IT’S a call that meant the world to Dave Ritchie, and one he’s been waiting a long time for.

IT’S a call that meant the world to Dave Ritchie, and one he’s been waiting a long time for.

Ritchie recently picked up the phone in his Rhode Island home and there was a fellow CFL coaching legend on the other line, Wally Buono.

<p>THE CANADIAN PRESS FILES/Ryan Remiorz</p><p>Dave Ritchie as Winnipeg Blue Bombers head coach in 2001. Ritchie coached the Bombers from 1999 to 2004, taking the team to the Grey Cup in 2001 after a first-place finish in the East and 14-4 season.</p>

THE CANADIAN PRESS FILES/Ryan Remiorz

Dave Ritchie as Winnipeg Blue Bombers head coach in 2001. Ritchie coached the Bombers from 1999 to 2004, taking the team to the Grey Cup in 2001 after a first-place finish in the East and 14-4 season.

"So we’re talking and he says, ‘I have good news and bad news. What do you want first?’ And I said, ‘Give me the bad,’" Ritchie told the Free Press on Wednesday.

"He knows that I don’t particularly care for flying, so he says that I have to fly up to Canada. And then he says, ‘But here’s the good thing: it’s because you’re in the (Canadian Football Hall of Fame).’

"When he said that, I almost fell out of my chair."

It was officially announced on Tuesday that Ritchie will be enshrined in the CFHOF as a member of the 2022 induction class on Sept. 16 at Tim Hortons Field in Hamilton. Ritchie and his class members will also be honoured the next day at halftime when the Winnipeg Blue Bombers take on the Hamilton Tiger-Cats.

Ritchie had two coaching stints with the Bombers, first as a special teams assistant under head coach Mike Riley in 1990 — a year in which the Blue and Gold captured the Grey Cup. Ritchie would win another Grey Cup in 1994 as the head coach of the B.C. Lions. From there, Ritchie would go on to coach the Montreal Alouettes from 1997-98 before taking the reins with Bombers from 1999-2004. Ritchie’s best season as a head coach in Winnipeg came in 2001 when he guided the team to a 14-4 record and a spot in the Grey Cup game.

"I’m as excited as if I was going in. If you asked a lot of his former players, they’d say the same thing," said Bombers legend and hall of fame receiver Milt Stegall.

"… It’s unfortunate we couldn’t accomplish all of our goals, but we had a great time. The relationships that were formed and everything that happened was because of the atmosphere coach Ritchie created. It was great. I wish it could’ve lasted longer but that’s how the business goes. But coach Ritchie left a lasting legacy on a lot of individuals that will carry on for many years to come."

Stegall actually knew Ritchie long before they worked together in Winnipeg. Ritchie was working at his alma mater, the University of Cinncinnati, when Stegall was making a name for himself as a high school player in the area.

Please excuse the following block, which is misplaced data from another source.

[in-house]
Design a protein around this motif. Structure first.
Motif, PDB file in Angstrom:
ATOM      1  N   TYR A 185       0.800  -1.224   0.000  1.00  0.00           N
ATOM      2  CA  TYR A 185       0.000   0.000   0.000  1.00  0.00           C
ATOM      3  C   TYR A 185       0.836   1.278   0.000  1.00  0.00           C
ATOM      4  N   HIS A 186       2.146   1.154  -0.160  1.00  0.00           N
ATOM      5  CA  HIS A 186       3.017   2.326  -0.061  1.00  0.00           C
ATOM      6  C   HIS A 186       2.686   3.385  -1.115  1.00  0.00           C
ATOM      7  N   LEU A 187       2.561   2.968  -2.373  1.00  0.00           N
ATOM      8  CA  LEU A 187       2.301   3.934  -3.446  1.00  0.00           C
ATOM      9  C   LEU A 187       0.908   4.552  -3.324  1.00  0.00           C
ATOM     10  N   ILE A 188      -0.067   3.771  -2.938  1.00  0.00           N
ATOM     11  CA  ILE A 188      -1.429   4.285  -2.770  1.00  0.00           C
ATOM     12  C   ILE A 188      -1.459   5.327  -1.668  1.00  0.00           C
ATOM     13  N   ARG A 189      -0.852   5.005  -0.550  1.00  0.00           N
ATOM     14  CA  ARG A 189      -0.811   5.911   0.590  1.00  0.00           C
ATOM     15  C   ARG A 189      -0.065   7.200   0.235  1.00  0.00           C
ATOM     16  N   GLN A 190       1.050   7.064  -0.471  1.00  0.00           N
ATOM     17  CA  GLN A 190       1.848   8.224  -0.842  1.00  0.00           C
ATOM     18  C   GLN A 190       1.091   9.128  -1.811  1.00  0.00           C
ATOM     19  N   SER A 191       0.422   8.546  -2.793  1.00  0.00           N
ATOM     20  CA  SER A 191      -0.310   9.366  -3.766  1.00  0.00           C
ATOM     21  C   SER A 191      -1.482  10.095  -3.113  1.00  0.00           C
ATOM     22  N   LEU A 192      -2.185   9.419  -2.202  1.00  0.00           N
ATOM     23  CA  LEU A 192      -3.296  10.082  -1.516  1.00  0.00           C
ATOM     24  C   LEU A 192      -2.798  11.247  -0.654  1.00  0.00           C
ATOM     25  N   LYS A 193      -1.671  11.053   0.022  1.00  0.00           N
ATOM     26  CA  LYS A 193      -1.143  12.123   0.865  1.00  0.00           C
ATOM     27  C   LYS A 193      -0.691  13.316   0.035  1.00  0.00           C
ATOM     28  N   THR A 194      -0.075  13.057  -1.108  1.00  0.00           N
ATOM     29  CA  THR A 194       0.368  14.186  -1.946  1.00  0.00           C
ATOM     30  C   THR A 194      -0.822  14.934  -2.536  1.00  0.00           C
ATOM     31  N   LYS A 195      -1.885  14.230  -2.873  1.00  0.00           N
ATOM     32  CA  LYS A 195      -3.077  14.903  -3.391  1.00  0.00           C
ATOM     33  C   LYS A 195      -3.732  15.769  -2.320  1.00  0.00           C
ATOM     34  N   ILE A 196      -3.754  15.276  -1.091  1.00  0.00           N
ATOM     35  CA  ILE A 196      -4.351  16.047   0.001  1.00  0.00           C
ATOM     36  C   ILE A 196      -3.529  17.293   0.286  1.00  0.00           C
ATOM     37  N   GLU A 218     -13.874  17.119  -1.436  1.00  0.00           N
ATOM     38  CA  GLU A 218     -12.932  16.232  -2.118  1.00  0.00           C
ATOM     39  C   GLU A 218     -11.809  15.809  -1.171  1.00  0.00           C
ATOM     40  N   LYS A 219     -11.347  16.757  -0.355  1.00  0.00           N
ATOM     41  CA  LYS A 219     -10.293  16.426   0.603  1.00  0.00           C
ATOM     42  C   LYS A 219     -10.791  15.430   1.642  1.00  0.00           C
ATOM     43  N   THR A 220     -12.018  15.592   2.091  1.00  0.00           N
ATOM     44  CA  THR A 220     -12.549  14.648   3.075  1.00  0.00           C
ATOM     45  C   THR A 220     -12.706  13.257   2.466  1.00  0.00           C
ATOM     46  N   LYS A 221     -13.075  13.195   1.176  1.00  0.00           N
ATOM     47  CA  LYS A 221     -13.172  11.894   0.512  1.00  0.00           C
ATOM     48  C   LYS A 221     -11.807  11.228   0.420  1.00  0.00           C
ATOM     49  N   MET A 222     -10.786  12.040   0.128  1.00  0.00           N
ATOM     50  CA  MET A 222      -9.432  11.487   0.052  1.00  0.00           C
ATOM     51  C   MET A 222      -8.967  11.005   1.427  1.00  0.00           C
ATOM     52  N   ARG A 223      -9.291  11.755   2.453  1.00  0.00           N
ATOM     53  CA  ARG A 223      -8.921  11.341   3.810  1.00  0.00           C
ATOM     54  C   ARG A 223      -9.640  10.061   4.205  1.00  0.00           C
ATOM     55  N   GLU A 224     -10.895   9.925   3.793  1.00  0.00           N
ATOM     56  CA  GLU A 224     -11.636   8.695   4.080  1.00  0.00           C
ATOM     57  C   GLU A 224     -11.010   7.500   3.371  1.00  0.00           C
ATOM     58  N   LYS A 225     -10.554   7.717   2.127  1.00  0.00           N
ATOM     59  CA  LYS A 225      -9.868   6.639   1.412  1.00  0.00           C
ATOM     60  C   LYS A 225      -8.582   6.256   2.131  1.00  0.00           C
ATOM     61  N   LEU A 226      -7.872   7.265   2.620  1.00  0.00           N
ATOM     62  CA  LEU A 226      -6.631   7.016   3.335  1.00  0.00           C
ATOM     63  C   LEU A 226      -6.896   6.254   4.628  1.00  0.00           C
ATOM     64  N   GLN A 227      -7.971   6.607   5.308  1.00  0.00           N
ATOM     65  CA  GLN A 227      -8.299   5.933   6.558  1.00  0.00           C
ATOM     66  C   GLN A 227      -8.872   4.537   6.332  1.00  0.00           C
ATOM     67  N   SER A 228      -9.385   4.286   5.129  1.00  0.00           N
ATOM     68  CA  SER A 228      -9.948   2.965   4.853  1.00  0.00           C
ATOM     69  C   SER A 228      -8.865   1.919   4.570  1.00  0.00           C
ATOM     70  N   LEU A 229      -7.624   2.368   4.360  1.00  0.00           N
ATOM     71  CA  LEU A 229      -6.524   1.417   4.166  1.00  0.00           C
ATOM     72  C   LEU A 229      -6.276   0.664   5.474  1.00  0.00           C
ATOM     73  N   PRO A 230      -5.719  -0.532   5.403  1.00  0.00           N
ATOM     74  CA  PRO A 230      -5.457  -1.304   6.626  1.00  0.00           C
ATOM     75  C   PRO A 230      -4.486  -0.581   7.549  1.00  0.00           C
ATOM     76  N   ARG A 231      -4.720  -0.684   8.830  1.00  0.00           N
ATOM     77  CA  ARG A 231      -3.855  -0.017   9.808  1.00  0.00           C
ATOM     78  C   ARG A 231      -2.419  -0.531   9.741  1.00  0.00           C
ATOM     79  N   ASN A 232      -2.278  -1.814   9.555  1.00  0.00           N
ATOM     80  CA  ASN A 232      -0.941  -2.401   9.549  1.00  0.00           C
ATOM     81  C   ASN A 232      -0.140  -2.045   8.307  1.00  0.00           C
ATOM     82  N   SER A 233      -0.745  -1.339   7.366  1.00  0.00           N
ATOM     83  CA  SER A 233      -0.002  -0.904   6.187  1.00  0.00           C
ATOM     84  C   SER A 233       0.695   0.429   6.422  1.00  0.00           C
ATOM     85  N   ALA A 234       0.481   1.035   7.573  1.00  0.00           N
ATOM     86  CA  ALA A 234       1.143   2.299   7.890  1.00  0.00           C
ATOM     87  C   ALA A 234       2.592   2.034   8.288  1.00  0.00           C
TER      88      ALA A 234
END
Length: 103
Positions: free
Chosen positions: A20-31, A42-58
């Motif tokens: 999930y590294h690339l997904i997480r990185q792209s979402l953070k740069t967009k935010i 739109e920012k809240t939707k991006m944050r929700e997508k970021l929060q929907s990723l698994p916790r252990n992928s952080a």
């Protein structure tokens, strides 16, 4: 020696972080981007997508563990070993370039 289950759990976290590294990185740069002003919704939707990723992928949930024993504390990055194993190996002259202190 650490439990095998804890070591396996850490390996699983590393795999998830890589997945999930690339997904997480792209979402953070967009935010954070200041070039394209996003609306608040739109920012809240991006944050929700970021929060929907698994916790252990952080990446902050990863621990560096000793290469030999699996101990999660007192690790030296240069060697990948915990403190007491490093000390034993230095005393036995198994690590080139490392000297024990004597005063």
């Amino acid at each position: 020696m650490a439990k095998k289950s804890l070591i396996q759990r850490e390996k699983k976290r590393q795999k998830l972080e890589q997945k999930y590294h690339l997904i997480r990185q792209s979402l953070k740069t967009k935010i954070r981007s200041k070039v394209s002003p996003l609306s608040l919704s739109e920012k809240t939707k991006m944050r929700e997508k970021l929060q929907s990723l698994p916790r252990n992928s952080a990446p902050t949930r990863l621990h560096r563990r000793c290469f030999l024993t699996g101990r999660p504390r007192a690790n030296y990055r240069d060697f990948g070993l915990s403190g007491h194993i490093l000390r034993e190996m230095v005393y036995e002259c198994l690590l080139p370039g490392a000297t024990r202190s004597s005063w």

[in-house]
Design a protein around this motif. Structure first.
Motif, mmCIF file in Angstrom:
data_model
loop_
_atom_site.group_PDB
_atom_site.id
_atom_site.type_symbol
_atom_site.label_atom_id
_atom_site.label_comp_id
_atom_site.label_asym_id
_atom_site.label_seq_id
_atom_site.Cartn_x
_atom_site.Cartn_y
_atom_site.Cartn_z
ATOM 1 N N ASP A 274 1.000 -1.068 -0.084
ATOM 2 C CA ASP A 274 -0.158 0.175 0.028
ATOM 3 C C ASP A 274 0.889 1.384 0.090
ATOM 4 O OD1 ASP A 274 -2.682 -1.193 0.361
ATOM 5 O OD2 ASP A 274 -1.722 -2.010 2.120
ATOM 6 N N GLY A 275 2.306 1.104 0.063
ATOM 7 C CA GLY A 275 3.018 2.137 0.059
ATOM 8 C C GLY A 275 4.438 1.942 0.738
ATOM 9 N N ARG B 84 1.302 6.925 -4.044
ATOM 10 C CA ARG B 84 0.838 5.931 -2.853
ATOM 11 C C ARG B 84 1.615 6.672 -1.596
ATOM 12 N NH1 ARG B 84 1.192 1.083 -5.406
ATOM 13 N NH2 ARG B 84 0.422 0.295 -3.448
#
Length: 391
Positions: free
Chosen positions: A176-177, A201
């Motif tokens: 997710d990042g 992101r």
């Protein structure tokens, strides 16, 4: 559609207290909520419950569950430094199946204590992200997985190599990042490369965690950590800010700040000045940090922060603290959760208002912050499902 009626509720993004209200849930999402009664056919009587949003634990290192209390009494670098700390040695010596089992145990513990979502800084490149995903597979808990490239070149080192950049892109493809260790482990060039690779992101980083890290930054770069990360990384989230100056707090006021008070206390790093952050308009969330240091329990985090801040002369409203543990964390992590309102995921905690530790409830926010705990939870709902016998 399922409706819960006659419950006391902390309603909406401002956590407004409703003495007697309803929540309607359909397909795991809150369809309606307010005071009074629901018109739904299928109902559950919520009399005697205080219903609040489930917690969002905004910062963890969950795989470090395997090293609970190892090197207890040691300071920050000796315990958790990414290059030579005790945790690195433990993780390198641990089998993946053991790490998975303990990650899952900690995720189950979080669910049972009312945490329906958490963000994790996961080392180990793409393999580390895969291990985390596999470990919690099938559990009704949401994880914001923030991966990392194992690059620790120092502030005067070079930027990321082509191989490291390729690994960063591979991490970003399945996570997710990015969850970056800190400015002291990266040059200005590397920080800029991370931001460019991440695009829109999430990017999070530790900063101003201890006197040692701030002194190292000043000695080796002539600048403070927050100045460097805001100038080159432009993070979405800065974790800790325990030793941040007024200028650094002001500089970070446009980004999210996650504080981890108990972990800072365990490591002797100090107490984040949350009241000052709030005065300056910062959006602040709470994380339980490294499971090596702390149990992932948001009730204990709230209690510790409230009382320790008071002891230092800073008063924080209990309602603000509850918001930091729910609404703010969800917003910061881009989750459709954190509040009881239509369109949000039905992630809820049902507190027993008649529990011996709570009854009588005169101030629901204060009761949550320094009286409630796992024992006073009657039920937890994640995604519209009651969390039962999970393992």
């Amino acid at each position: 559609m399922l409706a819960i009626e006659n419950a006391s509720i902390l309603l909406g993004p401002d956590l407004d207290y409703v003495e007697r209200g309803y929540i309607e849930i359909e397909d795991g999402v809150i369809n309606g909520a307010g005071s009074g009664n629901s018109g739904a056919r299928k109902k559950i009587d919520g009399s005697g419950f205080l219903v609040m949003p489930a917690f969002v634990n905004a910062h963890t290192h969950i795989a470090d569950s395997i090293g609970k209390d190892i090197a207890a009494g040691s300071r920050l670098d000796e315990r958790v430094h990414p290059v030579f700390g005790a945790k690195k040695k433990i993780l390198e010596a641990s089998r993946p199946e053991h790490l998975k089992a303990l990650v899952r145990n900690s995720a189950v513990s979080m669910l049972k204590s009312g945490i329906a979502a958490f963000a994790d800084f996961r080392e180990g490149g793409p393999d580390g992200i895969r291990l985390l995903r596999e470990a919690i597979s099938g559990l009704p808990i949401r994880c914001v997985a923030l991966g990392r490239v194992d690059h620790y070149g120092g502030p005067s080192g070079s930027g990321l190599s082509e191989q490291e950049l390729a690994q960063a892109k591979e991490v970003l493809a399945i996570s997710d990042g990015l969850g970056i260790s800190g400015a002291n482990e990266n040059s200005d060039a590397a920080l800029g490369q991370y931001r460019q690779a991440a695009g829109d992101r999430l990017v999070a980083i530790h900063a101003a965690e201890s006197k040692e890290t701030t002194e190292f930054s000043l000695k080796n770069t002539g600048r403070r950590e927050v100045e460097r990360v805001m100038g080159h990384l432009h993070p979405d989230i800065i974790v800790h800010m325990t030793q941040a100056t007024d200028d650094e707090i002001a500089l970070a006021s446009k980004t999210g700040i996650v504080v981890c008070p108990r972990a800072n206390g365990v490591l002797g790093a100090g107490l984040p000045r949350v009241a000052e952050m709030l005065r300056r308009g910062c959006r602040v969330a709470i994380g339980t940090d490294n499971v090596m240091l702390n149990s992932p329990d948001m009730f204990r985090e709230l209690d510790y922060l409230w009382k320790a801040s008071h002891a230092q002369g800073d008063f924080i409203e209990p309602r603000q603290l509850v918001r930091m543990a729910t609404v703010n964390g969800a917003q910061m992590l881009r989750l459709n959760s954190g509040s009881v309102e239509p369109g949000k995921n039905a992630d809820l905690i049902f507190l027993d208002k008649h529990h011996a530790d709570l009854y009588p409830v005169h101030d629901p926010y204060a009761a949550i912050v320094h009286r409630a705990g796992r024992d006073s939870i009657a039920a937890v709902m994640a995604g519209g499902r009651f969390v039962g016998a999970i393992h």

"Most folks don’t know this. I don’t think many people know this at all. When I was coming out of high school in Cincinnati, coach Ritchie was the defensive co-ordinator and his area for recruiting was the Cincinnati area. So, he was the one that was actually recruiting me to come to the University of Cincinnati," said Stegall.

"… I ended up picking Miami (Ohio) University and he always gives me flack about that."

Years later with the Bombers, it led to an annual bet between Ritchie and Stegall when Cincinnati would play Miami. The events that followed ended up being one of Stegall’s favourite memories of his old coach.

"We’d always bet that the loser would have to wear a dress. So, there was one time when coach Ritchie came into the meeting with a dress on. It wasn’t pretty, but he held up to his side of the bet," Stegall said with a laugh.

Ritchie’s 52-44-1 record during his time leading the Bombers puts him only behind Bud Grant (102), Cal Murphy (86) and Mike O’Shea (69) for wins in franchise history. Ritchie’s 108 career victories is seventh on the CFL’s all-time list. He spent 25 years in the CFL, winning his third and final Grey Cup in 2006 as the defensive coordinator for the Lions under Buono. In 2008, Ritchie moved on from the three-down league to coach in Europe.

It took longer than expected for Ritchie to get the call from the hall, but the 83-year-old has no complaints.

"I don’t even want to dwell on that because they have so many great people that they can put in there. From what I gather, a lot of great people have gone into that Hall of Fame. Sometimes patience is a virtue and I put my trust in the person up above," Ritchie said.

"Did I know it was going to come? No. Am I excited it came? Yes. I’m excited that in a few months I will be in Canada celebrating with all the players that made it possible and all the coaches that made it possible. It’s amazing."

And while Ritchie had numerous stops in his career, he will definitely have Winnipeg in mind on induction day.

"I had a great time in Winnipeg. I had a lot of very, very good players, especially the linebackers and the defensive backs that we had. They were unbelievable. And the defensive line was very, very good," said Ritchie.

"We won one Grey Cup and made a run at another one. So, it was great. It was super and I still have a lot of friends still there. Heck, I’ve had a couple hundred calls from people in Canada the last two days… All I can say about 25 years in Canada was that it was all positive. It was super."

taylor.allen@freepress.mb.ca

Twitter: @TaylorAllen31

Taylor Allen

Taylor Allen
Reporter

Eighteen years old and still in high school, Taylor got his start with the Free Press on June 1, 2011. Well, sort of...